I hope that readers of this column will forgive me for telling a personal story this week. When I attended the Texas State Historical Association convention in San Antonio early in March, I had some unusual encounters.
Attending with me was Judy Carson, whose friendship goes back to TCU days as well as our both teaching in the same junior high school in Diamond Hill. We lost our husbands a month apart. I think Judy’s son worried about the two of us on our own.… Read the rest
A Fort Hood soldier brought a civilian semiautomatic pistol to the sprawling military post 60 miles north of the Capitol city on April 2 and opened fire, killing three fellow service members and wounding 16 others before turning the .45-caliber weapon on himself.
The suspect, Specialist Ivan Lopez, 34, died of an apparent self-inflicted gunshot wound reportedly after a female military police officer confronted him.… Read the rest
There are many pressing questions being batted about internationally right now, everything from the Russian situation to why Tony Romo can’t win the Big One (or even the Medium One)?
Greater minds than mine are addressing this hot topics via important venues like text messages and blogs.
I’m way better at solving lesser issues and three have arisen that require immediate attention.
(Remember, I’m the guy who decided that forever and ever the word ya’ll should be spelled “y-a-’-l-l” not as the Yankee creator of SpellCheck insists “y-’-a-l-l.” Yes, our ya’ll is not “correct” and that’s exactly what makes it exclusively Texan.)… Read the rest
My dad has a song and a story for everything.”
For years, this has been favorite son’s assessment of my approach to life. I probably got it from my dad, who got it from his. I can’t wait for the day that one of my grandchildren says something similar about my son, an actor who not only tells the stories but dramatizes them in grand and entertaining fashion.… Read the rest
William Christy was born in Kentucky in 1791 to prosperous parents, but they both died when William was only fourteen. Later, with funds left to him, he studied law. However, when the War of 1812 broke out with England, he joined the staff of General William Henry Harrison (later president). Later Christy became a quartermaster at Fort Meigs in Ohio where he fought bravely against Indians led by Tecumseh on May 5, 1813. Although wounded, he brought re-enforcements that saved the day.… Read the rest
Forty-one years after the last U.S. combat troops left Vietnam, the new Texas Capitol Vietnam Veterans Monument was dedicated in a March 29 ceremony attended by a crowd of thousands, including veterans, active duty military, families, friends and relatives.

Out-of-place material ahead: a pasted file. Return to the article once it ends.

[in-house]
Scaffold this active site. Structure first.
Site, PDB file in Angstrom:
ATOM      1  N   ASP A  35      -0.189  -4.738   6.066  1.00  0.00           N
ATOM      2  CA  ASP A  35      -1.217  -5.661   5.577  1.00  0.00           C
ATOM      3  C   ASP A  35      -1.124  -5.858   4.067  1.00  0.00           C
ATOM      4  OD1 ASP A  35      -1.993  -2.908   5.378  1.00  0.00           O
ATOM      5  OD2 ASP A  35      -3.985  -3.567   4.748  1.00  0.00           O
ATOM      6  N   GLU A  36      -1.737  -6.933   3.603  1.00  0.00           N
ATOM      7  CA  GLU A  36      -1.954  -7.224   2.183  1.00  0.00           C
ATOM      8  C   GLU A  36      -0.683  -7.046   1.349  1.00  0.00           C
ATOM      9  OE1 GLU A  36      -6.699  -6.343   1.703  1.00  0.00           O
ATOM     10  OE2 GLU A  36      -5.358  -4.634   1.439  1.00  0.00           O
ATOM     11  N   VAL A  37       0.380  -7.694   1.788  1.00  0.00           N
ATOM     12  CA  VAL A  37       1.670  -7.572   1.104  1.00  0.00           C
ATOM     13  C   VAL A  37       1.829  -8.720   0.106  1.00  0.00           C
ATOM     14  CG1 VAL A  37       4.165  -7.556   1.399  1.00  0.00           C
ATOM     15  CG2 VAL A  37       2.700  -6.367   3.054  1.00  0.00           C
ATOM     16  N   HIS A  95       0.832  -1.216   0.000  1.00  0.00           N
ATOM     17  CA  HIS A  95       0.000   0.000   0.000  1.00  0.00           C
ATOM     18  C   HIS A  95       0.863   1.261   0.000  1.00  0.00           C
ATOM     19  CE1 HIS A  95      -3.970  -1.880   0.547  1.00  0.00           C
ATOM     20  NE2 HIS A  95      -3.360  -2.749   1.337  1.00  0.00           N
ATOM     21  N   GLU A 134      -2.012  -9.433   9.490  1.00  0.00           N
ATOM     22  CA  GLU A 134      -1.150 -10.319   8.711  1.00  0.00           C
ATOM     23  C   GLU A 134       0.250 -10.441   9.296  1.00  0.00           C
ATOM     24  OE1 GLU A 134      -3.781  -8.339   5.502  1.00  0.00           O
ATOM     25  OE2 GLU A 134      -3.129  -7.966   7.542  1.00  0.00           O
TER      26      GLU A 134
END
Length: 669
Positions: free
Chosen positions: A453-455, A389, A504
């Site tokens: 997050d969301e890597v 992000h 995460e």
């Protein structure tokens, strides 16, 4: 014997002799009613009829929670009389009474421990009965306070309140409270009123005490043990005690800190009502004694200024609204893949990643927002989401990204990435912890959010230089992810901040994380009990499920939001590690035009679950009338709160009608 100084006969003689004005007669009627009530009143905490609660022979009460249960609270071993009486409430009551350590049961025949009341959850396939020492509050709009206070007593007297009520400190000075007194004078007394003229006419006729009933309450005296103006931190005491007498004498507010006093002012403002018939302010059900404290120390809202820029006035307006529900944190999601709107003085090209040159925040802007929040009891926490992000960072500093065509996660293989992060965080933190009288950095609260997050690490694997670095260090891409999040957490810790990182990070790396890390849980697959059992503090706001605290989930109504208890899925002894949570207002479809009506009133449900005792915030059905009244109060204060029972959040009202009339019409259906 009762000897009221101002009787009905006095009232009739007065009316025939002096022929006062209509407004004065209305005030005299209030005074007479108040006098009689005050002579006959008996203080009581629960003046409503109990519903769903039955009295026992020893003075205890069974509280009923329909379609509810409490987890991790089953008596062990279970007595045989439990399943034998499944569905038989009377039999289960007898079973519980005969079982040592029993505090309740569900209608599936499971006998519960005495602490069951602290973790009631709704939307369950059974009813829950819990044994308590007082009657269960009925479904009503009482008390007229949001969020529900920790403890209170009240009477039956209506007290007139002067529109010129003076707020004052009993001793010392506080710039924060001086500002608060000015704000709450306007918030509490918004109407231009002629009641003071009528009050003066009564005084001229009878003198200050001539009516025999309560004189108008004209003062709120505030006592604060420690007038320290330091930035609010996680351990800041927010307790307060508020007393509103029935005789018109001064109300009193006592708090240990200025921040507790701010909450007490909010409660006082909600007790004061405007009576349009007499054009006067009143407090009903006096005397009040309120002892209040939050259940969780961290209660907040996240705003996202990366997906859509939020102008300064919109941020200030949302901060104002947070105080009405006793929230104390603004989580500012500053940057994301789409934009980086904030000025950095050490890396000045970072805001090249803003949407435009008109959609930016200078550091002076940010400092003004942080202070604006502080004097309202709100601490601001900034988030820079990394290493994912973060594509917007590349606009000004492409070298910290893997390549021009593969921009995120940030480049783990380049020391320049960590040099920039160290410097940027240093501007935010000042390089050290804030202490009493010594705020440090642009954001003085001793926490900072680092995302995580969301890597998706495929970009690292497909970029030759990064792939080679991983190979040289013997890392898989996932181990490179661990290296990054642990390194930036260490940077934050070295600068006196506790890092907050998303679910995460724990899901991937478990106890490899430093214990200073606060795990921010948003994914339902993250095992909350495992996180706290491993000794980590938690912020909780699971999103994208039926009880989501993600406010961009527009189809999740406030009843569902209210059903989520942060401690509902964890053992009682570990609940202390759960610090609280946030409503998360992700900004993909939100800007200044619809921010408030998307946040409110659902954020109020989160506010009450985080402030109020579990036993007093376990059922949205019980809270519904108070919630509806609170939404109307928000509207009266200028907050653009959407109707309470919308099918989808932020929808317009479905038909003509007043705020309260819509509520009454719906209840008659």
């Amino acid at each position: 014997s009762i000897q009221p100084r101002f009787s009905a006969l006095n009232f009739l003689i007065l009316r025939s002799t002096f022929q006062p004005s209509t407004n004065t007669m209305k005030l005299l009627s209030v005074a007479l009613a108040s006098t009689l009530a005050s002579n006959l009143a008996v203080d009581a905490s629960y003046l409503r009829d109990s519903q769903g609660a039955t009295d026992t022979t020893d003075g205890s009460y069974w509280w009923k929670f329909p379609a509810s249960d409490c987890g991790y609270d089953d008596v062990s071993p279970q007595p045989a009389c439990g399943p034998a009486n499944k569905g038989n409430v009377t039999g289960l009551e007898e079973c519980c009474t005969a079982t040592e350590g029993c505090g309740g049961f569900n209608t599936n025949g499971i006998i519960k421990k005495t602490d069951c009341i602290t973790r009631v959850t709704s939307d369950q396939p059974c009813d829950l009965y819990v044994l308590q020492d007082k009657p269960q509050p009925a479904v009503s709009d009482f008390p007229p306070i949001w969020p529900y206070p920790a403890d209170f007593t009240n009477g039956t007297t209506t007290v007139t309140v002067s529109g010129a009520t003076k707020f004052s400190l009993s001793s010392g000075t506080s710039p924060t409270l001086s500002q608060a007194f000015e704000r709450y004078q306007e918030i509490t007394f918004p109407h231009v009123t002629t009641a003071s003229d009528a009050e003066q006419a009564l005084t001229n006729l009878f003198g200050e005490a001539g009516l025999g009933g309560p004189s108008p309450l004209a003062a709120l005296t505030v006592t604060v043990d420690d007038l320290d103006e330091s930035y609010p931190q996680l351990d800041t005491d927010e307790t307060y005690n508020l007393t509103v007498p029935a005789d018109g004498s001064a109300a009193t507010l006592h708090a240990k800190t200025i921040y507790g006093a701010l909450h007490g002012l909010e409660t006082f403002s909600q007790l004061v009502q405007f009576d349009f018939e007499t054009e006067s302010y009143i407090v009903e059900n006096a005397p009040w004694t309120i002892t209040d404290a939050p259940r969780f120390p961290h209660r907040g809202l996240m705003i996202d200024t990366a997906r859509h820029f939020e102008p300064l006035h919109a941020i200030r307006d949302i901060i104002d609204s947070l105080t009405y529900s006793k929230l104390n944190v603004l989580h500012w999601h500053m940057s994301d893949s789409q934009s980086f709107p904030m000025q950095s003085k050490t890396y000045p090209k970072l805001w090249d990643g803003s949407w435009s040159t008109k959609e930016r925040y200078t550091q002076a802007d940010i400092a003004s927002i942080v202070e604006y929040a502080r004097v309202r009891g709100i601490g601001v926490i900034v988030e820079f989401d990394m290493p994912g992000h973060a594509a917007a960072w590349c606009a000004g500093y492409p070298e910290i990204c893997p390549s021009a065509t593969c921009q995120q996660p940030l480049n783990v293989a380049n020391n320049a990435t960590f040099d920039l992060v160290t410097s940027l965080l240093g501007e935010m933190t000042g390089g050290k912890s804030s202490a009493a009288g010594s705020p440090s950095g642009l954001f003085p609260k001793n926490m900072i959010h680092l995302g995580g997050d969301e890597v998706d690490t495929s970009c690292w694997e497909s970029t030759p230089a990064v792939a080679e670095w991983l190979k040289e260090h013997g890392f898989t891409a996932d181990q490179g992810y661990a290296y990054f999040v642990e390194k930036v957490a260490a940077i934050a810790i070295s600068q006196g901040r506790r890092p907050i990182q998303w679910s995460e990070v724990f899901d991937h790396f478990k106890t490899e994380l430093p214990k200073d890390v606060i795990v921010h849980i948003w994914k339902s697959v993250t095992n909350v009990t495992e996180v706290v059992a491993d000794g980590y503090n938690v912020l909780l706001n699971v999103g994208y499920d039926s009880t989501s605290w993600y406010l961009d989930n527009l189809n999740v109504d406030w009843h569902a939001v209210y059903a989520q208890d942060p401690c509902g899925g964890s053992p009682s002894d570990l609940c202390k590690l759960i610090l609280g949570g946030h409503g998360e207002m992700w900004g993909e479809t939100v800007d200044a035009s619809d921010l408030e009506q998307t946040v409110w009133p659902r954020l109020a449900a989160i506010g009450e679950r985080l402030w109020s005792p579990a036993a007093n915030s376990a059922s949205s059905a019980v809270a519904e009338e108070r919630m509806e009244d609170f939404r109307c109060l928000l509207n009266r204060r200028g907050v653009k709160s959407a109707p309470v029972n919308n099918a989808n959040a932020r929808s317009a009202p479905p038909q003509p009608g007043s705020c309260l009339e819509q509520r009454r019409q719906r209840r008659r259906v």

Some 3,417 Texans died or are unaccounted for in Vietnam, according to the State Capitol Preservation Board.
Speakers at the ceremony included: Gov. Rick Perry; U.S. Rep. Sam Johnson of Dallas, an Air Force pilot who was held captive and tortured as prisoner of war in Vietnam for seven years; Lt.… Read the rest
Uh-oh. I clearly had chugged too much sweet tea and the church small group meeting was just beginning.
This was nothing new; church folk bring food and drink and it gets consumed at very unbiblical paces at times. I am highly skilled at this.
The 22-minute DVD lesson began. It was about Joseph and forgiving or something like that, but I had more pressing concerns.… Read the rest
When I was a young buck, I had visions of being a chick magnet. Now, I didn’t use that terminology because it hadn’t been invented yet. We had chicks, of course, and we had magnets, but we had not put those together in a phrase that means “he attracts all the girls.” The girls I attracted were either in elementary school or in the senior adult Sunday School class, which doesn’t do a lot for your teen heartthrob image, but really does make you feel good and enhances your image as a really nice guy.… Read the rest
Readers of this column may recall that the state of Texas, which owned land adjacent to Eagle Mountain Lake, did not make it into a park as many local residents wanted. Instead, they sold the land in 2008.
The rationale was that it was not large enough to do what the state wanted to do. No really nice state park served the residents of the Metroplex, particularly close enough for folks in Fort Worth. As I learned at a Westerners history club meeting a couple of weeks ago, the state sold 400 acres (not really appropriate for a park) and got enough money to buy 4,000 acres (farther out in the wilds) to create a proper state park.… Read the rest
The Texas Department of Public Safety on March 18 announced the creation of the Texas Crimes Against Children Center within the agency’s Texas Rangers Division.
The stated goal is to protect children through the collection and dissemination of vital intelligence, investigative support and cooperation with victim-assistance counselors by “providing support to local, state and federal partners on investigations related to missing and exploited children, the trafficking of children, child abductions and other high-risk threats to children.”… Read the rest